Pagan police officers in Britain have been given the right to take eight days off work a year to celebrate “religious holidays” including Hallowe’en and the summer solstice.
It follows the setting up of a Pagan Police Association to represent officers who worship nature and believe in many gods.
Pc Andy Pardy, a leading Pagan officer from Hertfordshire Police, met with Home Office officials this week to push for more recognition for pagan officers.
The neighbourhood beat manager, who has been an officer for the past seven years, is a heathen which means he worships Norse gods, including the hammer-wielding Thor, the one-eyed Odin and Freyr, the god of fertility.
Pc Pardy told Police Review magazine: “Paganism is not the new age, tree hugging fad that some people think it is. It is not the clandestine, horrible, evil thing that people think it is. A lot of people think it is about dancing naked around a fire but the rituals are not like that.
“It involves chanting, music, meditation, reading passages and for pagans the practices are seen to have the same power as prayer does for Christians. Most pagans practice some kind of conservation work as well to give something back to the planet.”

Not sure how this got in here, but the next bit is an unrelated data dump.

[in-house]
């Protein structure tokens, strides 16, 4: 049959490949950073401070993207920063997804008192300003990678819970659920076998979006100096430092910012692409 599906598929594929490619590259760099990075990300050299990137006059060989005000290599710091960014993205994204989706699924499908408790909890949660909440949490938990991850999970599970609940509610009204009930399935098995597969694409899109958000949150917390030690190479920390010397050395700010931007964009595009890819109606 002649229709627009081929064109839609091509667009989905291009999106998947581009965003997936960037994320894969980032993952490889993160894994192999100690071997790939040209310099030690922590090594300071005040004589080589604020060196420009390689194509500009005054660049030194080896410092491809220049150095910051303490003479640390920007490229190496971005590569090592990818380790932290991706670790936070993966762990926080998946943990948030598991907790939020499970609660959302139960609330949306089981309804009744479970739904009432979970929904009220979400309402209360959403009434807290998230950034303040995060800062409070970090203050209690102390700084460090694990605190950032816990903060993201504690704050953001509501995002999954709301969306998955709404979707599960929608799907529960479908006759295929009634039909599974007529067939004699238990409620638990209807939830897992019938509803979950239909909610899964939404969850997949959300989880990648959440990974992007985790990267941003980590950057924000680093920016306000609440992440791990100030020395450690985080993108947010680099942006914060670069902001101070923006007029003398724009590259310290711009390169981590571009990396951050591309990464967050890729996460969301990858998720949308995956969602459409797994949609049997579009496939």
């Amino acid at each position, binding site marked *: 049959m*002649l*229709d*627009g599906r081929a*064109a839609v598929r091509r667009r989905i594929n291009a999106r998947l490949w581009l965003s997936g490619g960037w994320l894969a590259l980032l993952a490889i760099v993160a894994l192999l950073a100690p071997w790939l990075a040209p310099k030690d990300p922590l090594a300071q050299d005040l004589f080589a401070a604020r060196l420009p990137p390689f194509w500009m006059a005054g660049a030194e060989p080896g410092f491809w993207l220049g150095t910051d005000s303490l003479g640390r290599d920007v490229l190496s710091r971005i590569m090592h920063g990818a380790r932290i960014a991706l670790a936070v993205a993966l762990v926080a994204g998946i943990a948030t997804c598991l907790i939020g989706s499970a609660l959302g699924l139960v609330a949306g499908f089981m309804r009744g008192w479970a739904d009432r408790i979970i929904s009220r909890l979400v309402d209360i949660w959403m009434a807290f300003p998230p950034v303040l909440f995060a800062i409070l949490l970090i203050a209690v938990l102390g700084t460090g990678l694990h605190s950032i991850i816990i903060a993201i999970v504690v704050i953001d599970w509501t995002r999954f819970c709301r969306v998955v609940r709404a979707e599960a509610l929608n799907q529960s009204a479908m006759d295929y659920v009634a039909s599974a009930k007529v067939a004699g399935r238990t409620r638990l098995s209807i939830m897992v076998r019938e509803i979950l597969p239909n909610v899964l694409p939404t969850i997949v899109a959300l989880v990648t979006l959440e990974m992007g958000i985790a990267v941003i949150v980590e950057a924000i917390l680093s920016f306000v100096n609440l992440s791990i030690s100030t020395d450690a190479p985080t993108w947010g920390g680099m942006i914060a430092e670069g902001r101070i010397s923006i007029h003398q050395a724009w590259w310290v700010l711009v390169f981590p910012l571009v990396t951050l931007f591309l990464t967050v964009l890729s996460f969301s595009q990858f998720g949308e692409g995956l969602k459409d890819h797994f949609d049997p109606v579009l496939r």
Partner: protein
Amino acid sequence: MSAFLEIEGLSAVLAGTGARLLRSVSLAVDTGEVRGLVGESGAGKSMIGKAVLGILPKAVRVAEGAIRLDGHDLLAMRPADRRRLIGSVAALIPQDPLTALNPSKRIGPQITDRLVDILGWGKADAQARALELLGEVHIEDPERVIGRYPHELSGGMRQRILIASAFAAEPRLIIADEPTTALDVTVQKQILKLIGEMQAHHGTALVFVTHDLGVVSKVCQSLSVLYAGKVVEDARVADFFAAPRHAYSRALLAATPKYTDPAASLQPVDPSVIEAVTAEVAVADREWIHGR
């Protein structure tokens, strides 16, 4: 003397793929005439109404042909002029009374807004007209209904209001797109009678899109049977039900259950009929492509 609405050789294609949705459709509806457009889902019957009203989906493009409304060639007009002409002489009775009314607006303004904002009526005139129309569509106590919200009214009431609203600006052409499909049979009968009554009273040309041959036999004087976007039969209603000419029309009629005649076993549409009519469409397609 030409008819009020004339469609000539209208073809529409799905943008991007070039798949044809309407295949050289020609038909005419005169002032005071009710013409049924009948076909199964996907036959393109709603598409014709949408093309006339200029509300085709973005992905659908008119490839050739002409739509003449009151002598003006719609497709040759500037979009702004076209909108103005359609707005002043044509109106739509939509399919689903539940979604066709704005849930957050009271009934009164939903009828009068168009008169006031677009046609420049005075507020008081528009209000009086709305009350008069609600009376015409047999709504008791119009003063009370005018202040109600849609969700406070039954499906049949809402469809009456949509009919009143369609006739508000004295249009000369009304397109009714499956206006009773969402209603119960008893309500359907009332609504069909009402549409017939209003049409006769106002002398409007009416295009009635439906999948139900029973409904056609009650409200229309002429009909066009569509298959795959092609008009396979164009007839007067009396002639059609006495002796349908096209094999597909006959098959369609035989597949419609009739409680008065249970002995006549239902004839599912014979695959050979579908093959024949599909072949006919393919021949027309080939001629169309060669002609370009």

Hertfordshire Police allows Pc Pardy the eight pagan holidays off each year, including Hallowe’en, which signifies the Pagan new year, and the summer solstice in June.
The days are deducted from his annual leave but because of his religion the days off are set in stone.
Superintendent Simon Hawkins, of Hertfordshire Police, said: “While balancing operational needs, the force’s religion and beliefs policy gives all staff the choice of re-allocating the traditional Christian bank-holiday festivals to suit their personal faith.
“This has been very well received from a number of faith groups, including Muslim and Jewish.”